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Only possible to feed people sustainably in an equitable society

Only possible to feed people sustainably in an equitable society

A recent report from the United Nation’s Food and Agriculture Organization (FAO) confirms that the current food system isn’t sustainable neither for the environment nor for our health. Organic agriculture, conservation farming and agro-ecology are key technologies for a transition to a sustainable food system, which also has to shun artificial nitrogen fertilizers. Regardless of how food is produced, an equitable society is essential for fighting hunger and malnutrition. 

The report, The future of food and agriculture – Alternative pathways to 2050, analyses three future scenarios that reflect, to varying degrees, the challenges to move food and agricultural systems towards “a world in which food is nutritious and accessible for everyone and natural resources are managed in a way that maintain ecosystem functions to support current as well as future human needs”, as wished by FAO. 

The first scenario is “business as usual”, whereby several outstanding challenges facing food and agriculture are left unaddressed. The second scenario, “towards sustainability”, embodies proactive changes towards more sustainable food and agricultural systems. The third scenario, “stratified societies”, outlines a future with exacerbated inequalities across countries and throughout different layers of societies. For all scenarios, the FAO revise the earlier projections made by itself and others that agriculture output need to increase with at least 70 percent to cope with a bigger population and changing consumption patterns. For the “towards sustainability” scenario agriculture output needs to increase with “just” 40 percent, and for the other scenarios around 50 percent.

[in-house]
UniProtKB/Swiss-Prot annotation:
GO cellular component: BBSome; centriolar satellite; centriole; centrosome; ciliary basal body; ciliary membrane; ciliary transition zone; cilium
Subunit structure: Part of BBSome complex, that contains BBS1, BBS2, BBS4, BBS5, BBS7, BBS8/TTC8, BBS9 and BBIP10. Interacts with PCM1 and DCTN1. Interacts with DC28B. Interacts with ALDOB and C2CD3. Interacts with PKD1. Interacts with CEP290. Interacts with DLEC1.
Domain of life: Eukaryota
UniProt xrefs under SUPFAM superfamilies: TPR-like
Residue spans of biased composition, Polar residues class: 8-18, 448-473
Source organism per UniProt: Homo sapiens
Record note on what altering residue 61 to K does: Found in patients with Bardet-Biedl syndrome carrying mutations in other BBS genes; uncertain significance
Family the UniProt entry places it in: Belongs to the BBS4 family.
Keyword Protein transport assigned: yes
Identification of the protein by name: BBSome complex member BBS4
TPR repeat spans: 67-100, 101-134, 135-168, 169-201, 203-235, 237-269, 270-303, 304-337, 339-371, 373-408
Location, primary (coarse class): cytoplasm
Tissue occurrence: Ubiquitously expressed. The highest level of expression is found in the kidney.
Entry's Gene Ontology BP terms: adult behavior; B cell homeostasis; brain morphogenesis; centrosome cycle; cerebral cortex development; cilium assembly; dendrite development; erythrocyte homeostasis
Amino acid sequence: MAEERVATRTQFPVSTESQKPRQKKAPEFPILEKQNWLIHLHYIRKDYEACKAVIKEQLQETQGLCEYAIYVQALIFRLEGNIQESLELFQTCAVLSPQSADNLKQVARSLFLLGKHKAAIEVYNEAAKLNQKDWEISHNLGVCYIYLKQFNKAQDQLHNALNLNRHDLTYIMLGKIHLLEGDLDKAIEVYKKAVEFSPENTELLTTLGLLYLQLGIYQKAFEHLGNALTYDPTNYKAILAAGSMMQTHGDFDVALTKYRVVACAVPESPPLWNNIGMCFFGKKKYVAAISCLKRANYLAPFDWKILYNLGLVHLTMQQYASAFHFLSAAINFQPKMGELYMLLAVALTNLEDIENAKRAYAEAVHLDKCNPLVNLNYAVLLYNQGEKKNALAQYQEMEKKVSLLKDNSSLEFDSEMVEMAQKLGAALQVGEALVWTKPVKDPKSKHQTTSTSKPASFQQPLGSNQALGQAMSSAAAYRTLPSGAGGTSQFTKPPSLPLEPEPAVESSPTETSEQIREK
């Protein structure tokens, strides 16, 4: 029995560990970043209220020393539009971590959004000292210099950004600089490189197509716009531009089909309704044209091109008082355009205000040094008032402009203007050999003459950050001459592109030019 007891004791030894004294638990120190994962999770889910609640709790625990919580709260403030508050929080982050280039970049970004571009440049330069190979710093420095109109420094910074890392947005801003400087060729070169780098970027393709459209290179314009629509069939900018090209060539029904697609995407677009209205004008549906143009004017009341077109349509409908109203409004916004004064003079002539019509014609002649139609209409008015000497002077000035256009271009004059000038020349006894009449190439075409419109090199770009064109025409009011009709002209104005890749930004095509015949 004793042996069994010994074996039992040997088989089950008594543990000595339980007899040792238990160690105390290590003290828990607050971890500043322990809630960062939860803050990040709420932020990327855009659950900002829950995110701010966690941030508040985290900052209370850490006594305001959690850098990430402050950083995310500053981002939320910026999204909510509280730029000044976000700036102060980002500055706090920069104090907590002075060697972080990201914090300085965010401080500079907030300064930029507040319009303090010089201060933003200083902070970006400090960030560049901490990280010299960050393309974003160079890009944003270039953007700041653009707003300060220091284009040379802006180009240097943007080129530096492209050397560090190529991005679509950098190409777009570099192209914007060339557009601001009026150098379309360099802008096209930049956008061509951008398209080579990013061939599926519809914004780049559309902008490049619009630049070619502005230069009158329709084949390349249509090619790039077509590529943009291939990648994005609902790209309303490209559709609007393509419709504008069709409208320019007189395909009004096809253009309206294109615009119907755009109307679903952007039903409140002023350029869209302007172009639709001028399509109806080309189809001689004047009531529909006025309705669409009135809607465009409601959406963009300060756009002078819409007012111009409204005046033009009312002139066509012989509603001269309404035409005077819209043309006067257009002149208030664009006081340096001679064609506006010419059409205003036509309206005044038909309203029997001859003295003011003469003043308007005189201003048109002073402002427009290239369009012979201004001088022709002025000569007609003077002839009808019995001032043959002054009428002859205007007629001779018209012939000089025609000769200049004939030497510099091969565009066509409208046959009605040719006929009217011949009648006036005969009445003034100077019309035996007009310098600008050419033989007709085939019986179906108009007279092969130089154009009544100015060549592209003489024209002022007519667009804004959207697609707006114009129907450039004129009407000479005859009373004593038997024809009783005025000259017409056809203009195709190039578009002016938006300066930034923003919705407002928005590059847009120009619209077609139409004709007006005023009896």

The results suggest that it is still possible to move food and agricultural systems along a sustainable, equitable pathway that will meet growing demand. A global transformative process and concerted efforts that involve all the stakeholders is needed, however. As “business as usual” is not an option and further “stratified societies” certainly are not desirable, let’s focus on the “towards sustainability and how the FAO understand the meaning of it and how to get there.

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